This is the second volume of The Best American Mystery Stories that I've read, and the same holds true: mystery is a vague term that encompasses a lot of types of stories. That's at least as chosen by Laura Lippman, this year's editor. None of these stories are the "whodunit" variety, which kind of eliminates the word "mystery" from the picture, but they are about crime and the darkness of the soul.My favorite stories were those that had a noir edge to them, or those that were funny, or both. Wh This is the second volume of The Best American Mystery Stories that I've read, and the same holds true: mystery is a vague term that encompasses a lot of types of stories. That's at least as chosen by Laura Lippman, this year's editor. None of these stories are the "whodunit" variety, which kind of eliminates the word "mystery" from the picture, but they are about crime and the darkness of the soul.My favorite stories were those that had a noir edge to them, or those that were funny, or both. What I did not expect was a posthumous story by Joseph Heller, the author of my favorite novel, Catch-22, and a very funny man. He wrote a story called "Almost Like Christmas" that has no laughs at all, and is brutal in its presentation. Another tough story is "Going Across Jordan," by James Lee Burke, a very well-established crime author, about itinerant workers in the 1950s. He opens his story with the following: "Who would believe somebody could drive a car across the bottom of ancient glacial lake at night, the high beams tunneling in electrified shafts of yellow smoke under the surface, but I stood on the bank and saw it, my head still throbbing from a couple of licks I took when I was on the ground and couldn't protect myself."Continuing with noir, how can you beat an opening like Ernest Finney's "The Wrecker": "I'm sitting at the bar in the semigloom of the Silver Dollar, as far away as I can get from the loud music. A babe comes through the door. It's still before nine; too early for anyone else to eyeing the sign taped to the bar mirror: NOBODY'S UGLY AT 2 A.M." Unfortunately, the story doesn't match that socko start.Other authors from outside the mystery genre participate. Pulitzer Prize-winner Annie Proulx takes us to the founding of Quebec in "Rough Deeds," which showcases chicanery in the logging business and has a grisly end. Roxane Gay has "I Will Follow You," which is about twin sisters who are very close, even though one marries a no-goodnick. The story is both menacing and a tad funny, such as when the narrator describes her brother-in-law, Darryl: "Carolina married when she was nineteen. Darryl, her husband, was a decade older, but he had a full head of hair and she thought that meant something." Or, "Darryl worked nights managing a small airfield on the edge of town. It was a mystery how he had fallen into the job. He knew little about managing, aviation, or work."Also in the funny vein, there is Nancy Pauline Simpson's "Festered Wounds," set in a small Southern town in the year 1900, with a sheriff investigating the death of a man who took a header from a railroad bridge. It's full of cornpone humor like saying of the undertaker, "Penrose could make a ninety-year-old scrofula victim look like a Floradora girl.Also set at the turn of the century is "The Covering Storm," by David H. Ingram, which has a man planning to commit the perfect murder, but he's undone by something unforeseen: the devastating hurricane that pummeled Galveston, Texas.Two very good stories concern fathers and sons. Russell Banks' "Former Marine" has the title character spending his retirement robbing banks, but his son is a policeman. An even better story is "Pleasant Grove" by Scott Loring Sanders, which also is about a bank robbery and a father and a son, and is very, very dark: "The events of those few days, of the truck crashing, of him taking the money, of finding out the man's identity, of then blowing the guts out that same man, his father, of dragging him through the snow and burying him him in a makeshift grave, all of those events had haunted him." Any story that contains the words "makeshift grave" is bound to be dark.Perhaps the best story is one that really can't qualify as a mystery, or even a crime thriller, but it's here. That's "Snuff," by Jodi Angel. It's about a teenage boy who is over at some friend's house with some boys watching what they think is a snuff movie. He ends up needing a ride, so calls his sister, who picks him up and hits a deer. It's dead, but it's pregnant, and she tries to deliver the fawn. It's a great story that connects on a number of levels. But I do believe there has never an authenticated snuff film ever found by law enforcement.So, this is a pretty good collection. I can't go without mentioning Charlaine Harris, the author of the novels that True Blood is based on, with "Small Kingdoms," about avenging teachers. As a teacher, I can relate.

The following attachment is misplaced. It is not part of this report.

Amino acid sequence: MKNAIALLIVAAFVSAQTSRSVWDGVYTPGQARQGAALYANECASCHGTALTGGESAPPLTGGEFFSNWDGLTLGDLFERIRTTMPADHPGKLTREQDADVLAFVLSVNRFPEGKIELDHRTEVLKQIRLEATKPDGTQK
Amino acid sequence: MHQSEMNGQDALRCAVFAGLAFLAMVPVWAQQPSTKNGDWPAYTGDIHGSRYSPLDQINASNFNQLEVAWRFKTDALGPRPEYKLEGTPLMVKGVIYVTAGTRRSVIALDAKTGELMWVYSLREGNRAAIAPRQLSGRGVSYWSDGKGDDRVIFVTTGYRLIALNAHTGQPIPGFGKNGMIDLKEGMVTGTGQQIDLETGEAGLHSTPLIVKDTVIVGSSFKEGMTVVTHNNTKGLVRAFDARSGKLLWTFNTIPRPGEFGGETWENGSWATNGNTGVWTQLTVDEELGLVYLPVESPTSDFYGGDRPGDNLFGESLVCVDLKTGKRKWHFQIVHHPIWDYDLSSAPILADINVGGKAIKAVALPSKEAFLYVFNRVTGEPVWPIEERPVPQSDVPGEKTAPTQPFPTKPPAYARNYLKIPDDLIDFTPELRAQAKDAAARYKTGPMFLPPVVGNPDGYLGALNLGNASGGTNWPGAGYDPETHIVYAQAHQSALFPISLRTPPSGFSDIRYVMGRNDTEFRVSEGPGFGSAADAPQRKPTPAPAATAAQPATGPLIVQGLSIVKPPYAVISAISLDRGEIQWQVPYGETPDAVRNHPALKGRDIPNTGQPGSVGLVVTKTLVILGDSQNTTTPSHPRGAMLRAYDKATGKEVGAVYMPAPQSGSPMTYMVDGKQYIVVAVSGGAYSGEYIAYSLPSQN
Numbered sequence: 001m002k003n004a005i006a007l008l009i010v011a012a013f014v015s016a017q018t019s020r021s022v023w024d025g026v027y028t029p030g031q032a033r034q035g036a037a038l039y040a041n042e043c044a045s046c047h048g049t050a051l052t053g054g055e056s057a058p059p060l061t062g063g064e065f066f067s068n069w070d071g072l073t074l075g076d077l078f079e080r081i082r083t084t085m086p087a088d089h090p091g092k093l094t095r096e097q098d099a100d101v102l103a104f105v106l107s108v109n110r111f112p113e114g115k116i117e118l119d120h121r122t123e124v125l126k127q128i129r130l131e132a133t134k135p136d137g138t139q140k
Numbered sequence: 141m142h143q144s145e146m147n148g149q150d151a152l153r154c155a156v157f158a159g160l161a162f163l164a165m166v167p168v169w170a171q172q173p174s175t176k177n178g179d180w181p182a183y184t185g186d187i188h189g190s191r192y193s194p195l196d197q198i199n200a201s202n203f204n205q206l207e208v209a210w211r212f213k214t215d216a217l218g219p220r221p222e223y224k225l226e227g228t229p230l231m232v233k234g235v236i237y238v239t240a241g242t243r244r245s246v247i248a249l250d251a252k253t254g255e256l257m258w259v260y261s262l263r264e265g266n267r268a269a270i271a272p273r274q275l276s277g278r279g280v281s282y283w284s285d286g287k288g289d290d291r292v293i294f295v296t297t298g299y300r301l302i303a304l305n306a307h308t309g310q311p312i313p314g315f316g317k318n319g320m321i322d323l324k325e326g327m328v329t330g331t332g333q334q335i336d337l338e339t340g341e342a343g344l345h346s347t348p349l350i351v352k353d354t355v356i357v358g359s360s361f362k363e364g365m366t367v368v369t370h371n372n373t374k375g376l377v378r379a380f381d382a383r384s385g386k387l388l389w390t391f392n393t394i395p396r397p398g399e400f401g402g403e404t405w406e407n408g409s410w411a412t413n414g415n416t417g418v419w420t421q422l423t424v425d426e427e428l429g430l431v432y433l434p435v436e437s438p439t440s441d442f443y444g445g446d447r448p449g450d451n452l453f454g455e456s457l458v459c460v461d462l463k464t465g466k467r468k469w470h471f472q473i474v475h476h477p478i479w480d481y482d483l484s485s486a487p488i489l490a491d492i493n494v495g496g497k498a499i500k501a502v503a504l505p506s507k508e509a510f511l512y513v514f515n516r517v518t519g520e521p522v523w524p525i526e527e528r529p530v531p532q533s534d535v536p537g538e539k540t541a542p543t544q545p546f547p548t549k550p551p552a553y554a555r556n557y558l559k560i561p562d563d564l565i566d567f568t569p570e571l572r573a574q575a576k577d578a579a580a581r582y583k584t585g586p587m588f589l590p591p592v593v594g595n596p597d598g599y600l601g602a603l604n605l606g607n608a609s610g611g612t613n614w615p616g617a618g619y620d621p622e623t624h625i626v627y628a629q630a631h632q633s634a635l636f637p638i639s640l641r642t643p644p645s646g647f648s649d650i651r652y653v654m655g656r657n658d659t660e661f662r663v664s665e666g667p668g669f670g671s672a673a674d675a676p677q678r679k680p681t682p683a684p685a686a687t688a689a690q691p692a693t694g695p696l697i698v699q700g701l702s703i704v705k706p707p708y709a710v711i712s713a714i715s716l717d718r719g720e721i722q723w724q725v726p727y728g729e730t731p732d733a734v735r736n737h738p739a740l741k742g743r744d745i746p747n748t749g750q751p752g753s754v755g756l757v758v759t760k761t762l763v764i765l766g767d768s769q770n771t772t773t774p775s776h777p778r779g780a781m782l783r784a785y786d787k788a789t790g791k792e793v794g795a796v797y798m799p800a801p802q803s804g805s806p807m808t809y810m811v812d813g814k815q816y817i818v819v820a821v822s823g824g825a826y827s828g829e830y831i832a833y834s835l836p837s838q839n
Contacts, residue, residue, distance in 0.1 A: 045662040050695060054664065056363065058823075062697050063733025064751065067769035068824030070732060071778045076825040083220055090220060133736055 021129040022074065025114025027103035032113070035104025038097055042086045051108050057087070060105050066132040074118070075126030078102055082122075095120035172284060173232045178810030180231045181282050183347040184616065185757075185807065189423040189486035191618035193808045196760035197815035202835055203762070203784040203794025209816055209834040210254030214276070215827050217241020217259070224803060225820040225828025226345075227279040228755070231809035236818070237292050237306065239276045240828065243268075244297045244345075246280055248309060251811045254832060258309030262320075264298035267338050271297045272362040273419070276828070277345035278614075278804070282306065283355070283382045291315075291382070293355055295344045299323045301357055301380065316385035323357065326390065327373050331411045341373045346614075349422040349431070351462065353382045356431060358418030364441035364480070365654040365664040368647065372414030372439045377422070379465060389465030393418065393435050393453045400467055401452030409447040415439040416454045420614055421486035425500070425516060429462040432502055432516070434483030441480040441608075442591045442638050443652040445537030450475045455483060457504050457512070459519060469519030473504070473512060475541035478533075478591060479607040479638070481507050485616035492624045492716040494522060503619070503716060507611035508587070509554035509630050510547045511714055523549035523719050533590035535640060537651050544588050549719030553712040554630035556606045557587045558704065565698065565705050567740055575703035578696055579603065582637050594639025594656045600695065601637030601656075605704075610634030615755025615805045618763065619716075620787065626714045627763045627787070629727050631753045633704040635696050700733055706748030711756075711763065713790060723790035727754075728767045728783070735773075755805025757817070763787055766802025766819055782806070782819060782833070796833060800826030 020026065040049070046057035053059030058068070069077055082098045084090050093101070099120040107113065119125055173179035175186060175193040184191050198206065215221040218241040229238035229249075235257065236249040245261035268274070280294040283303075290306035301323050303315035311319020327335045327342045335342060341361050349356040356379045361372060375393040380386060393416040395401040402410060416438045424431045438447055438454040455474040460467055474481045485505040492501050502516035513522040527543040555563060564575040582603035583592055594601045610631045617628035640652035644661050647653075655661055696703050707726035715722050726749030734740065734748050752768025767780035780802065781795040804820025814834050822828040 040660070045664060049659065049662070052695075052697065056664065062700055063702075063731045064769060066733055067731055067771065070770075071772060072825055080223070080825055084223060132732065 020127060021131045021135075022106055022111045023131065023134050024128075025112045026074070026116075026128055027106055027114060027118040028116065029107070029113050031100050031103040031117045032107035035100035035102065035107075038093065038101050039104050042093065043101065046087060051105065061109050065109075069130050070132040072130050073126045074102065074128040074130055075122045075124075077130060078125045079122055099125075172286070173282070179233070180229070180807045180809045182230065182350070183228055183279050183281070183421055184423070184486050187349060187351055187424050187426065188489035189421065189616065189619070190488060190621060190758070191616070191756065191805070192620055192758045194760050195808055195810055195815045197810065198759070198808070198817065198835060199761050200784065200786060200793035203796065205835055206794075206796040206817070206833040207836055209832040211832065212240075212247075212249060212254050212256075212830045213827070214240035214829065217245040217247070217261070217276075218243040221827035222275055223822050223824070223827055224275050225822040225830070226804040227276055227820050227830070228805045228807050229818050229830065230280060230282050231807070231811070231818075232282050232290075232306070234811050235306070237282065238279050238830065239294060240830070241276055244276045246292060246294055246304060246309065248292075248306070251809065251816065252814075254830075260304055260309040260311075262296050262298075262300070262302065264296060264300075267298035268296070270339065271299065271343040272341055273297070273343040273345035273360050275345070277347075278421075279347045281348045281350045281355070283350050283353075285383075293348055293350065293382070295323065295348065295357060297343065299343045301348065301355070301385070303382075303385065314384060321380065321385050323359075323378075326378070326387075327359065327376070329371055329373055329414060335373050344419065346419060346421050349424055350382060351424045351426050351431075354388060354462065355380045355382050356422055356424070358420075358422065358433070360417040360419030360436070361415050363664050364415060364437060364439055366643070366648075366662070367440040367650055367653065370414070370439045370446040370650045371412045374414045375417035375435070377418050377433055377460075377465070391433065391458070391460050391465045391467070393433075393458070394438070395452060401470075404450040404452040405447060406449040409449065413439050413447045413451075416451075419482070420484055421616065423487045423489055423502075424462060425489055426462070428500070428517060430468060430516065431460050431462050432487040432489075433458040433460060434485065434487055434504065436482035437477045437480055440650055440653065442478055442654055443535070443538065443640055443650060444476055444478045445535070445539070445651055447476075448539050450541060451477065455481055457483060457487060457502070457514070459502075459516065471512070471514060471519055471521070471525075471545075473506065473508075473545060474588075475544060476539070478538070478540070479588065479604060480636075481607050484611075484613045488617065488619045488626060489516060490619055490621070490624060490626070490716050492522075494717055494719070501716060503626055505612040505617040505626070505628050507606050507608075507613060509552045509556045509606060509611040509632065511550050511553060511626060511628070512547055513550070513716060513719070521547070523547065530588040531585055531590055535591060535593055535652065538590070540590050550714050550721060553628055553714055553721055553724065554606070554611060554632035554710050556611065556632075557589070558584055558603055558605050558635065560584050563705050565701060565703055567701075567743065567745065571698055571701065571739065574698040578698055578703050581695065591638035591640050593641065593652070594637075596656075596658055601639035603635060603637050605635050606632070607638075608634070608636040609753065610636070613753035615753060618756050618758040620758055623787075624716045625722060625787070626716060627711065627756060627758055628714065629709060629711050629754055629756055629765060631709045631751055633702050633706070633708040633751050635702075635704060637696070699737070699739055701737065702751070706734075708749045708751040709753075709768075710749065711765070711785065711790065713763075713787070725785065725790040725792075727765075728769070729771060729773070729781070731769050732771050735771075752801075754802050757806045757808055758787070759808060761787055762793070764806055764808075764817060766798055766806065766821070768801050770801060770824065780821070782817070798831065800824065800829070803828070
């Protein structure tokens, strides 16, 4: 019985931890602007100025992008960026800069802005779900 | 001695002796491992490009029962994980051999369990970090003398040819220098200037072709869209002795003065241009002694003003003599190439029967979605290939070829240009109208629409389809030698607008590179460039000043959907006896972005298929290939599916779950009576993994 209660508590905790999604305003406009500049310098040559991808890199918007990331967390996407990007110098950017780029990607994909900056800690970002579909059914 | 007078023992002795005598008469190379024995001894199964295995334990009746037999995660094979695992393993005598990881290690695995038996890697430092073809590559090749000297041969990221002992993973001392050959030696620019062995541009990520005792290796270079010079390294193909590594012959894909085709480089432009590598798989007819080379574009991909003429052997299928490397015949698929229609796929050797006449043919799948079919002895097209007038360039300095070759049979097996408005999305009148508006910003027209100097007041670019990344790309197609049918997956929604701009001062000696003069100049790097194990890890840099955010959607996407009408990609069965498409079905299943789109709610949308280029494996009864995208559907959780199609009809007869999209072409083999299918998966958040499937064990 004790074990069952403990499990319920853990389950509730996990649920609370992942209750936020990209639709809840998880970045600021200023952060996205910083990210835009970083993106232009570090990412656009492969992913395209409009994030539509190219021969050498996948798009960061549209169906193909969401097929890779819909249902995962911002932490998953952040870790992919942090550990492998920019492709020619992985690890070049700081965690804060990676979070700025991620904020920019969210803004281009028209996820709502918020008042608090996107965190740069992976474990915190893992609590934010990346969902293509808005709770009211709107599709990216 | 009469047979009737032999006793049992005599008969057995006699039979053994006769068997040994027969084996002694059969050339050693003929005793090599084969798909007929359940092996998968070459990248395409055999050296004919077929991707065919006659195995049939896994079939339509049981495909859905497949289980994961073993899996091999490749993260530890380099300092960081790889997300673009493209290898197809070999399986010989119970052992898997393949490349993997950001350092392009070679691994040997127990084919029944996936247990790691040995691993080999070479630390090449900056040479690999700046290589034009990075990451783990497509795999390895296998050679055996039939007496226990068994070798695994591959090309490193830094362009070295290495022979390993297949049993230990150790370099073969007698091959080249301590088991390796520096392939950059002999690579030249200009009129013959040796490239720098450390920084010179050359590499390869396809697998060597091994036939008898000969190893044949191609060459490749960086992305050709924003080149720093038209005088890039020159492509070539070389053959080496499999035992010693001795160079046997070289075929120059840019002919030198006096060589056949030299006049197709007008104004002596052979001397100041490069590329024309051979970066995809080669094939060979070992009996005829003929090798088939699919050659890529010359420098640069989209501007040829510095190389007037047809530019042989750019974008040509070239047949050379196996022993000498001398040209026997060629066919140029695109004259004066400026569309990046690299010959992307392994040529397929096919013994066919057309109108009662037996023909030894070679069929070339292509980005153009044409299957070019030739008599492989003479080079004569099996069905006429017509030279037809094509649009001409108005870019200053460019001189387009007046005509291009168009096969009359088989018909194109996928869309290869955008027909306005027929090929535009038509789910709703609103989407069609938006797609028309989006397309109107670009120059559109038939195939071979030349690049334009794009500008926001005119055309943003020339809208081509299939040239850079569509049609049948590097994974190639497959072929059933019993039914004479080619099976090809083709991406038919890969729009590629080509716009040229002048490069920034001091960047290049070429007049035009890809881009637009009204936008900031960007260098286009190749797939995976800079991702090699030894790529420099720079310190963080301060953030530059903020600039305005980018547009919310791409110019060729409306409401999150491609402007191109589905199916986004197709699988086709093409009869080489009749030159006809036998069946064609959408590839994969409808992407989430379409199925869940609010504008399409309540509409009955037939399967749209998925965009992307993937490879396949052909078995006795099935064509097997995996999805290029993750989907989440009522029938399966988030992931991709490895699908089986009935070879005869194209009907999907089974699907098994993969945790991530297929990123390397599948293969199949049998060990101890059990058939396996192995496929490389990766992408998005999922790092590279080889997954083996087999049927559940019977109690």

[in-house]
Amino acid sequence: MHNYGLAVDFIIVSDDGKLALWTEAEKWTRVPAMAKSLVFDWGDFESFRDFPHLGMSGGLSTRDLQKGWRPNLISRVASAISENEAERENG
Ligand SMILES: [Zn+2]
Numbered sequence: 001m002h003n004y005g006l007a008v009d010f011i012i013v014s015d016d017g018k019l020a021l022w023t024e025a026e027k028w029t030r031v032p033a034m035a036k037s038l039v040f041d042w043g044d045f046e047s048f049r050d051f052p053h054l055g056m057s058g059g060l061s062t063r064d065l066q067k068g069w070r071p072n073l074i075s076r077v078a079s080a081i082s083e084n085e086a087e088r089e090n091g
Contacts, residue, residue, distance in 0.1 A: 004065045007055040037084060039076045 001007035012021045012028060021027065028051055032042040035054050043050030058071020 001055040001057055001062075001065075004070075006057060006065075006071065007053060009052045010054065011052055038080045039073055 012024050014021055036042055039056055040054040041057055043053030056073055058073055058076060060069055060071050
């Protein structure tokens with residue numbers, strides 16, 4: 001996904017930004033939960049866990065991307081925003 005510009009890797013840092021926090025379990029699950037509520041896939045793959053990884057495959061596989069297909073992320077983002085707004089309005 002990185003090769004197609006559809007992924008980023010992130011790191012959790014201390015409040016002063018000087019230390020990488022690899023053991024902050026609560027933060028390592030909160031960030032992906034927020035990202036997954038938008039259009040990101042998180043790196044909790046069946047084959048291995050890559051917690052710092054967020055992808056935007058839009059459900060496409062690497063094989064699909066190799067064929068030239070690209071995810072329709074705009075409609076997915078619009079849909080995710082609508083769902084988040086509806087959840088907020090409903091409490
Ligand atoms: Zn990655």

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  • Jeff